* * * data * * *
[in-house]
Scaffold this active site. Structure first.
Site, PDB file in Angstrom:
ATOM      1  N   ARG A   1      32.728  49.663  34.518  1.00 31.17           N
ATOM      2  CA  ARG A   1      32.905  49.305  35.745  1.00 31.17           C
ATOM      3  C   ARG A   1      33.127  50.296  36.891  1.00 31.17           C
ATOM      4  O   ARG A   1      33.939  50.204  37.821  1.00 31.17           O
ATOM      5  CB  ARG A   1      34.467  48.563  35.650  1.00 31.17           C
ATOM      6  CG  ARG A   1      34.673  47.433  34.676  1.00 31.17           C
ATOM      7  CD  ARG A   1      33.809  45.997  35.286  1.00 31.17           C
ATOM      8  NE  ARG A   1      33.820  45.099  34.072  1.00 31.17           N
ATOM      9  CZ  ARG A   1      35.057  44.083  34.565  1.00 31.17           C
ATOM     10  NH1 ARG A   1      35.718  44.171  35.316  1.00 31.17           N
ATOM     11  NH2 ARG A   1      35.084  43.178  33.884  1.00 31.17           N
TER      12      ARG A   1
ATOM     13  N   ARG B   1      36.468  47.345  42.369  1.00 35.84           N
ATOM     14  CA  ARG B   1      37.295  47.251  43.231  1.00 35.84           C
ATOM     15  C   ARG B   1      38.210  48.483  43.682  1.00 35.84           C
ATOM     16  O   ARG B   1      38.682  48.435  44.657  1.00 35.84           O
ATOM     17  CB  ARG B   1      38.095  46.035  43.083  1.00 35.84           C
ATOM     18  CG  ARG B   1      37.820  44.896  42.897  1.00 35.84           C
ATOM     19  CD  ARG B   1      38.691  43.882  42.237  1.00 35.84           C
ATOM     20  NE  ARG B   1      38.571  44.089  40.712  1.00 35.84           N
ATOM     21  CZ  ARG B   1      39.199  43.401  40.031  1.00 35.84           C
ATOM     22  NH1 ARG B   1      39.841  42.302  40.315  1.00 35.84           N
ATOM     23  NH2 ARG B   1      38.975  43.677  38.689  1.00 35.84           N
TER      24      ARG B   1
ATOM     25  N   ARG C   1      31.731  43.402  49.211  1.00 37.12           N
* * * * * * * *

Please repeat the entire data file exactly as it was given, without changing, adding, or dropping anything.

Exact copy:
[in-house]
Scaffold this active site. Structure first.
Site, PDB file in Angstrom:
ATOM      1  N   ARG A   1      32.728  49.663  34.518  1.00 31.17           N
ATOM      2  CA  ARG A   1      32.905  49.305  35.745  1.00 31.17           C
ATOM      3  C   ARG A   1      33.127  50.296  36.891  1.00 31.17           C
ATOM      4  O   ARG A   1      33.939  50.204  37.821  1.00 31.17           O
ATOM      5  CB  ARG A   1      34.467  48.563  35.650  1.00 31.17           C
ATOM      6  CG  ARG A   1      34.673  47.433  34.676  1.00 31.17           C
ATOM      7  CD  ARG A   1      33.809  45.997  35.286  1.00 31.17           C
ATOM      8  NE  ARG A   1      33.820  45.099  34.072  1.00 31.17           N
ATOM      9  CZ  ARG A   1      35.057  44.083  34.565  1.00 31.17           C
ATOM     10  NH1 ARG A   1      35.718  44.171  35.316  1.00 31.17           N
ATOM     11  NH2 ARG A   1      35.084  43.178  33.884  1.00 31.17           N
TER      12      ARG A   1
ATOM     13  N   ARG B   1      36.468  47.345  42.369  1.00 35.84           N
ATOM     14  CA  ARG B   1      37.295  47.251  43.231  1.00 35.84           C
ATOM     15  C   ARG B   1      38.210  48.483  43.682  1.00 35.84           C
ATOM     16  O   ARG B   1      38.682  48.435  44.657  1.00 35.84           O
ATOM     17  CB  ARG B   1      38.095  46.035  43.083  1.00 35.84           C
ATOM     18  CG  ARG B   1      37.820  44.896  42.897  1.00 35.84           C
ATOM     19  CD  ARG B   1      38.691  43.882  42.237  1.00 35.84           C
ATOM     20  NE  ARG B   1      38.571  44.089  40.712  1.00 35.84           N
ATOM     21  CZ  ARG B   1      39.199  43.401  40.031  1.00 35.84           C
ATOM     22  NH1 ARG B   1      39.841  42.302  40.315  1.00 35.84           N
ATOM     23  NH2 ARG B   1      38.975  43.677  38.689  1.00 35.84           N
TER      24      ARG B   1
ATOM     25  N   ARG C   1      31.731  43.402  49.211  1.00 37.12           N